Great transition from play to film, awesome resource for the
fra7299 | California, United States | 06/13/2010
(5 out of 5 stars)
"Director Volker Schlondorff's version of the Arthur Miller play really hits on all cylinders. The mood, pacing, characterization and accuracy of Death of a Salesman are masterfully blended into a well-thought production. One underappreciated aspect is successfully incorporating a play into a film. Many times we have read a play only to watch a film version seem trite, forced or disappointingly unable to make the transition; Death of a Salesman doesn't have this problem, as many significant scenes, such as Biff's epiphany and confrontation with Willy, keep their power. Also, the key quotes from characters are given their moment. Unlike many other reviewers, I haven't seen the Broadway Production of Death of a Salesman, so I can't compare this one to any other production, but I think this version will hold up nicely to other successful versions.
As far as the story itself, Death of a Salesman is a classic case for the failure of the American Dream. Willy Loman, an aging traveling salesman, is a tragic hero who loses touch with reality as he wavers between the present, 1942, and the past, 1928. Willy's tragic flaw is that he has false values that he takes as the proponents to success. Not only this, but he pushes these values onto his two sons, Happy and Biff. Willy's false belief that success in life can be attributed to personal appearance, being liked, and connections lays foundations for present day failures. We come to understand that Willy's glowing vision of the past is only an exaggeration for his idealistic hopes. Willy not only has visions of the past, but seeks the answers to life from his dead brother Ben, who, unlike Willy, was a success early in life. Much of Willy's success as a salesman is exaggerated; his false pride gets in the way of any transformation. Happy and Biff, because of Willy's outlook, are also lost in the world, lack identity, and represent failures. Willy has inflated Biff's ego to the point where Biff lacks responsibility, and, as a result, Biff can't hold down a job. The film investigates the negative aspects of having wrong values, and how it can destroy hopes of the American Dream. Although Willy's state of mind is quite fractured, Linda (his wife) and the two sons, for the most part, do not attempt to confront him or his suicidal tendencies, ignoring the problem and thus emphasizing false perception. Biff, however, is the one character who finally wakes up and challenges Willy's views, and "sees the light" about the lie he's been living. Death of a Salesman proposes that having the wrong dreams can lead to tragic results.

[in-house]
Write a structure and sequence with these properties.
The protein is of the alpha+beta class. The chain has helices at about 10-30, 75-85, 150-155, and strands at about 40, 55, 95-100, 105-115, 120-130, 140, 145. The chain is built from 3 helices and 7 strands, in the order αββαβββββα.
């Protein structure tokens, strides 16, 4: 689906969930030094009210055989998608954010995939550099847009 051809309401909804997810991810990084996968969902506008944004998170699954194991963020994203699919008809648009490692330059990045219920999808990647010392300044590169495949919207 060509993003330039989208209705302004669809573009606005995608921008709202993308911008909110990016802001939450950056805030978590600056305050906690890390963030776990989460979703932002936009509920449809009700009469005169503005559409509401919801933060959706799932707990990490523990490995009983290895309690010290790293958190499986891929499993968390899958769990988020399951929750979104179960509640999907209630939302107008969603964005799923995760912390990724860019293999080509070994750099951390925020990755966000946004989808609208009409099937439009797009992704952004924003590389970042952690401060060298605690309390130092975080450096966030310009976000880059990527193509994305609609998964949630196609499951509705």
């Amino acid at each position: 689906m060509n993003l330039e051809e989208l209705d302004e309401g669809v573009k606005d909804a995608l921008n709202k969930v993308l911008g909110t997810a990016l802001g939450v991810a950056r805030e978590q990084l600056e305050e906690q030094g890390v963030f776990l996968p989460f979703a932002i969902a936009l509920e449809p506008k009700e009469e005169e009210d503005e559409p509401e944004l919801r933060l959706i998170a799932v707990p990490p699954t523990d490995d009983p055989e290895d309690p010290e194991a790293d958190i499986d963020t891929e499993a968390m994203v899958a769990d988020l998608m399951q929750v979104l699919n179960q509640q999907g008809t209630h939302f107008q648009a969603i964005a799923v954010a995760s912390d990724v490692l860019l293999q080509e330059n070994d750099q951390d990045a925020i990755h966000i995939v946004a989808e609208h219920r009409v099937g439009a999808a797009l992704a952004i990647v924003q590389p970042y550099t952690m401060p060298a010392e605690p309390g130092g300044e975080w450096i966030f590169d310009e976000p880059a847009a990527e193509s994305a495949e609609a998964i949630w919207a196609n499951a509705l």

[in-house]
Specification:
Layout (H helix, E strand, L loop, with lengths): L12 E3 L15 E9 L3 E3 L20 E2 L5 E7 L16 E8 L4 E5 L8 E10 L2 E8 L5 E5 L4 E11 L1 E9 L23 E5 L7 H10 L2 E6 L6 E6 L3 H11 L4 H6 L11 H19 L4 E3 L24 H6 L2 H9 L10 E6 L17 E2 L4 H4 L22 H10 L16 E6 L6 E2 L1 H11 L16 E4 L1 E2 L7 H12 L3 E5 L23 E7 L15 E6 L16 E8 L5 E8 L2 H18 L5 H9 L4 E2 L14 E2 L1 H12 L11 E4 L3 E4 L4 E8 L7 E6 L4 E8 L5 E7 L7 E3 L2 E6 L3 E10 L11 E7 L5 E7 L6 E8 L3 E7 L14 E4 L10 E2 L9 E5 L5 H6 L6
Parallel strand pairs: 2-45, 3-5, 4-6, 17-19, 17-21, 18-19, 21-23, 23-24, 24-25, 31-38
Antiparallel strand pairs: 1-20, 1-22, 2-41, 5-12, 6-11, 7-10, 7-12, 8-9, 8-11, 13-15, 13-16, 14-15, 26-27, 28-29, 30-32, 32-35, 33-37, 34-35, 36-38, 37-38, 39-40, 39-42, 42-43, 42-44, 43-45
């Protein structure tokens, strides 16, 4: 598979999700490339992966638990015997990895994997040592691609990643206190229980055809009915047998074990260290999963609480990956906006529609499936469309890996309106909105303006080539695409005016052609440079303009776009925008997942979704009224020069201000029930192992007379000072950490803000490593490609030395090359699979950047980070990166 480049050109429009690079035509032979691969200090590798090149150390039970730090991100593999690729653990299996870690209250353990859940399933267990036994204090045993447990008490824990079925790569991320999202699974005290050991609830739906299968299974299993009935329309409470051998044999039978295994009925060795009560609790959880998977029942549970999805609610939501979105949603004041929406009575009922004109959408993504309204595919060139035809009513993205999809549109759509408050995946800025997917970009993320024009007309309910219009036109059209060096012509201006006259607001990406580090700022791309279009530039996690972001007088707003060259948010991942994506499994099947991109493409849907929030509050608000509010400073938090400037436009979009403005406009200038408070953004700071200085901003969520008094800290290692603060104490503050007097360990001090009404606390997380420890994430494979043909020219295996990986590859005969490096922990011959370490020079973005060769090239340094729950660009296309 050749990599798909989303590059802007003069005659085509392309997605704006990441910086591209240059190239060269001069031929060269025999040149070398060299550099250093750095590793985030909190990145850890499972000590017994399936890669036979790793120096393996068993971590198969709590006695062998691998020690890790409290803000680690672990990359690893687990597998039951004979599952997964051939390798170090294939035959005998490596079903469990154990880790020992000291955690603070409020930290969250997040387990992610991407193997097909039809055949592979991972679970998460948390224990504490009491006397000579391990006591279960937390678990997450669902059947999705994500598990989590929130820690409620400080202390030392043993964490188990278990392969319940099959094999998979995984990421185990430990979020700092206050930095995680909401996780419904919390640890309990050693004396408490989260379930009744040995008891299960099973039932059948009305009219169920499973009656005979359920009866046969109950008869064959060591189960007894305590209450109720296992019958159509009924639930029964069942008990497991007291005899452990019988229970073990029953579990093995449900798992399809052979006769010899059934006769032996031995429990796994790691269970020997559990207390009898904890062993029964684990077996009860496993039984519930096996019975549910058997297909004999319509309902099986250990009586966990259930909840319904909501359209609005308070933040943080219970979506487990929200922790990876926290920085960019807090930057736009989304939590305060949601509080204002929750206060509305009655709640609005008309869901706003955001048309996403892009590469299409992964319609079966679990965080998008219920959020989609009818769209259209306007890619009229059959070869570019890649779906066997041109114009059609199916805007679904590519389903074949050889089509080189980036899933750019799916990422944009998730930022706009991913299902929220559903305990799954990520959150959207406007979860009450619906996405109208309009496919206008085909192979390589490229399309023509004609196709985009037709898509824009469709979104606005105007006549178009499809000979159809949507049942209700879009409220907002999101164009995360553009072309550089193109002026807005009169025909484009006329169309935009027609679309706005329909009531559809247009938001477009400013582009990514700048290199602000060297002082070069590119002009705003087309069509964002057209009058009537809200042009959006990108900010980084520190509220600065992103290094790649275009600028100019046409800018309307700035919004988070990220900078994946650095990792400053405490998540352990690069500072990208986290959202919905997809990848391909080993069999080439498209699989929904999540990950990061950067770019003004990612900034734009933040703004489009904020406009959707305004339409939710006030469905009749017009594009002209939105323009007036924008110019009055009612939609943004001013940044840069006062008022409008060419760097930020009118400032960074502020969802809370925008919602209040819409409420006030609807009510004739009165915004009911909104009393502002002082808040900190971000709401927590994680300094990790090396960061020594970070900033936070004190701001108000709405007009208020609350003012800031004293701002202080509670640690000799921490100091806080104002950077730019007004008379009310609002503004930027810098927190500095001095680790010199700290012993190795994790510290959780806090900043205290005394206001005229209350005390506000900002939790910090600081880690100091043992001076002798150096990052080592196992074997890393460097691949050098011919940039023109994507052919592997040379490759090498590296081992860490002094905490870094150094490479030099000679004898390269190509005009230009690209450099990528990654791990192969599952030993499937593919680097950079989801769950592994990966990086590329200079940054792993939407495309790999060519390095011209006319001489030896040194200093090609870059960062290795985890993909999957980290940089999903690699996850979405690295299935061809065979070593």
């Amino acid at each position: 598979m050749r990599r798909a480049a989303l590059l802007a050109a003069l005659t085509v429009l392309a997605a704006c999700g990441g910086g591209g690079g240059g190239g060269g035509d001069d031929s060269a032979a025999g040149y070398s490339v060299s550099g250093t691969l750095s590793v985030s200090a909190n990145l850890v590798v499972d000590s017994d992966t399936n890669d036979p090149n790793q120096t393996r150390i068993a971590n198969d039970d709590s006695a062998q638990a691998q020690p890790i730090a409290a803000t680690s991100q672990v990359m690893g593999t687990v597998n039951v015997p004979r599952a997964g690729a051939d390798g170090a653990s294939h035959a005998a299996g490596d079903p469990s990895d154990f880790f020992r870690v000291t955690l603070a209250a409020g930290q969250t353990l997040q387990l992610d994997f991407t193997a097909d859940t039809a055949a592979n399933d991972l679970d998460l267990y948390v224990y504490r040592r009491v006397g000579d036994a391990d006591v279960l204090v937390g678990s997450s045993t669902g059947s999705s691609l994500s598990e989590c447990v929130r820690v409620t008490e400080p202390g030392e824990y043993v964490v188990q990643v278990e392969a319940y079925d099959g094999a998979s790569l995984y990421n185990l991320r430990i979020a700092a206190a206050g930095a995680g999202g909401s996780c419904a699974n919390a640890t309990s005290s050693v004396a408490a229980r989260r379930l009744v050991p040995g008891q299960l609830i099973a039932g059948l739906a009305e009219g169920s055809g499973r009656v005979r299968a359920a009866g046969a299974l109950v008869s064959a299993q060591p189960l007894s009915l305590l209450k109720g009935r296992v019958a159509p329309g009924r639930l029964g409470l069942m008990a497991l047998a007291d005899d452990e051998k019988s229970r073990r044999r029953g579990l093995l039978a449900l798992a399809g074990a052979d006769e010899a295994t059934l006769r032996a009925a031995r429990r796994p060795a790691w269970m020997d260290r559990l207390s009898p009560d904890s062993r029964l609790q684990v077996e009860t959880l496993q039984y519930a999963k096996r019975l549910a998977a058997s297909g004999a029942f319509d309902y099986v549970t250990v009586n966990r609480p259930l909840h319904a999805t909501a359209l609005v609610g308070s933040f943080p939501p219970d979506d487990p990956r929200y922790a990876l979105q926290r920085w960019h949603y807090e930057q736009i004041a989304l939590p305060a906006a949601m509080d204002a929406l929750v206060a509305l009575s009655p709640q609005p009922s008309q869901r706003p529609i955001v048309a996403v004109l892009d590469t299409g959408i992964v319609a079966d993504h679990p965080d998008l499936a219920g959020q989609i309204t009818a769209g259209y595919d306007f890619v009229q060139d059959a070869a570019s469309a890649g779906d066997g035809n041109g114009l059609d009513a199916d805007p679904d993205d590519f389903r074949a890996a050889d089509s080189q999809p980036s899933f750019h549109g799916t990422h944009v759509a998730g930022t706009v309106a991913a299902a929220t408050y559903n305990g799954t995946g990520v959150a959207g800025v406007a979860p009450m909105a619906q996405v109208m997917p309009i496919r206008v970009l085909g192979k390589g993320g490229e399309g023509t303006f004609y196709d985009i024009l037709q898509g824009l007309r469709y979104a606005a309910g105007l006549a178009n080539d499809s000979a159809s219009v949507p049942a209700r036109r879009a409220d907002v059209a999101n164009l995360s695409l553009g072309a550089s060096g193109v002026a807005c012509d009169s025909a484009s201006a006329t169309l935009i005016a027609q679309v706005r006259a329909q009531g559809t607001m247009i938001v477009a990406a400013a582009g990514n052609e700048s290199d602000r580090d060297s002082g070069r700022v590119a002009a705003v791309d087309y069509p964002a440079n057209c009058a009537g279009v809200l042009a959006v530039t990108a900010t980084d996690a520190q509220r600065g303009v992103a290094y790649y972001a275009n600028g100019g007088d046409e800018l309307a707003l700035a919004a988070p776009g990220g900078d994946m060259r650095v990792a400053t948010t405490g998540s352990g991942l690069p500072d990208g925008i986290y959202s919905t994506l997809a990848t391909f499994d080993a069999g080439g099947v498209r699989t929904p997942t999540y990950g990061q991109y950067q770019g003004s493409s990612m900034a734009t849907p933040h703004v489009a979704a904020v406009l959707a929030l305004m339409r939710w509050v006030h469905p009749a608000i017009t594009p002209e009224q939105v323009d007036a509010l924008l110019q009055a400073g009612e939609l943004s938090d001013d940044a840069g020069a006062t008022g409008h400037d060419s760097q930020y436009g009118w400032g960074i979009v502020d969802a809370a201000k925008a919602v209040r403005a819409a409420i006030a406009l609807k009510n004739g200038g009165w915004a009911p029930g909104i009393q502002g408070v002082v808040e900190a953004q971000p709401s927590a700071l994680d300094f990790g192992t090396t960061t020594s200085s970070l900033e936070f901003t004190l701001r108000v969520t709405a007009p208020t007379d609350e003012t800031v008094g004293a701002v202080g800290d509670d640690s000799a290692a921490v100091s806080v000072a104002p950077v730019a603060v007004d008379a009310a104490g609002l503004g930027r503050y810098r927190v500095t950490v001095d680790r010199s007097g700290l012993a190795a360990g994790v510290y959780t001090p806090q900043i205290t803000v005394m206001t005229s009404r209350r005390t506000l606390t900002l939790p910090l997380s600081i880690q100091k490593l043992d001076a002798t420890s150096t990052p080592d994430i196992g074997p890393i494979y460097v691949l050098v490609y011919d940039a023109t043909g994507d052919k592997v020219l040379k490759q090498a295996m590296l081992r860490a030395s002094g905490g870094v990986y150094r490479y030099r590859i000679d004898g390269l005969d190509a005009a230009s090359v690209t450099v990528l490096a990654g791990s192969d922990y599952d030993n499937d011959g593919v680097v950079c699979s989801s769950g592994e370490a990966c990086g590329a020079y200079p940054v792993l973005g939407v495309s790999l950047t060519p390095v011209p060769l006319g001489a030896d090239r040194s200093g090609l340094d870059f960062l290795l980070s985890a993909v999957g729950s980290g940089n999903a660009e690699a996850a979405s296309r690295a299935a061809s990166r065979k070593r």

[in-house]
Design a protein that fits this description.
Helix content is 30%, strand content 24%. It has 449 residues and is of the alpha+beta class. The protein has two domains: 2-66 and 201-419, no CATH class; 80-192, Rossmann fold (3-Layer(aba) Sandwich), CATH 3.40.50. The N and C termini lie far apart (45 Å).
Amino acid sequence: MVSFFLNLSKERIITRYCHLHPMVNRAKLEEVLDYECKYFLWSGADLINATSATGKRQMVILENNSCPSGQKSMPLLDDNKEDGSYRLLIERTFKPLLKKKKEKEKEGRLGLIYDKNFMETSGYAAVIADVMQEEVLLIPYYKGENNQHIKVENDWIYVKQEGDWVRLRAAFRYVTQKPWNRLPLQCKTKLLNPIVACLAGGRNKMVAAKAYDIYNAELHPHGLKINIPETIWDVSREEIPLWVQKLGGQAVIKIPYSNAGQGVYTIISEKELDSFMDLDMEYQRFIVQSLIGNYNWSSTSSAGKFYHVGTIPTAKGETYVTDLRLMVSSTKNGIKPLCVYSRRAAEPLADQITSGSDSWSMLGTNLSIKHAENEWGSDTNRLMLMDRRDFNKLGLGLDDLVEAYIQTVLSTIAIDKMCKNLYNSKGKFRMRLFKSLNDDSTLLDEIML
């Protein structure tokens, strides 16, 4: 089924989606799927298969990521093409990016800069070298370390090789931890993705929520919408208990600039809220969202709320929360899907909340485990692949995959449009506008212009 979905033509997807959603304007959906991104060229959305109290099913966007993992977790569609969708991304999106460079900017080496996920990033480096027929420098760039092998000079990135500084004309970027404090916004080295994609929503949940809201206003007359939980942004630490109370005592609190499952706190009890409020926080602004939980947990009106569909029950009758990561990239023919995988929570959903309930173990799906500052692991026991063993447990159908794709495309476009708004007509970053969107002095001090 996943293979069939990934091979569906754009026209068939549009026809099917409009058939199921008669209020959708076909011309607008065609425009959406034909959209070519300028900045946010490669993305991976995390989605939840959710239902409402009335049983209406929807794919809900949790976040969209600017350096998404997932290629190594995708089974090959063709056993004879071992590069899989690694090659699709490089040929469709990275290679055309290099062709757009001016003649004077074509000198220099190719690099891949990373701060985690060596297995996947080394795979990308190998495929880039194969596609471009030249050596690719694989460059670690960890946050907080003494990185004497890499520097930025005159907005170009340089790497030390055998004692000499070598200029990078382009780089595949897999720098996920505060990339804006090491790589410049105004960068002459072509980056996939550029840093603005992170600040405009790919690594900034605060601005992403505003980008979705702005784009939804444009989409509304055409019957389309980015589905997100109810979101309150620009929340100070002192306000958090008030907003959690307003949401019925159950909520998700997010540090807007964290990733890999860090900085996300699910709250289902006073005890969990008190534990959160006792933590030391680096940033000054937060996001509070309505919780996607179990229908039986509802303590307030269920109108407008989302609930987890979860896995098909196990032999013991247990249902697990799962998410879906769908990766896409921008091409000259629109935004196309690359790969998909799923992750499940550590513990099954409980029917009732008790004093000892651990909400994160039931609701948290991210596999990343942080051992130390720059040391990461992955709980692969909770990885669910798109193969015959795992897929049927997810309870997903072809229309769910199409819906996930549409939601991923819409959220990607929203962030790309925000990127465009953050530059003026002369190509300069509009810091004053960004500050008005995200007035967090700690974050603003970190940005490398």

A great job was done assembling a cast that really made this play come to life. Dustin Hoffman really gives the edginess to Willy Loman, yet he also makes Willy a sympathetic character, one who you feel sorry for by the time the credits are rolling. The other actors also do solid work. A young John Malkovich does a commendable job as Biff Loman, the one who Willy has high hopes for.
Also included within the DVD is Private Confessions, a documentary which sheds some light on background into the play and the idea of the traveling salesman. If you haven't read the play, this might be a good way to begin before viewing the film.
Over all, this is an excellent job of bringing Arthur Miller's play to life. This is also is an exceptional resource for either a teacher or student who wants to use the film to help with the study of the play, which can be confusing to read with the various time shifts.
Fantastic production! Definitely recommended!
More deranged than guilty
Jacques COULARDEAU | OLLIERGUES France | 06/10/2010
(5 out of 5 stars)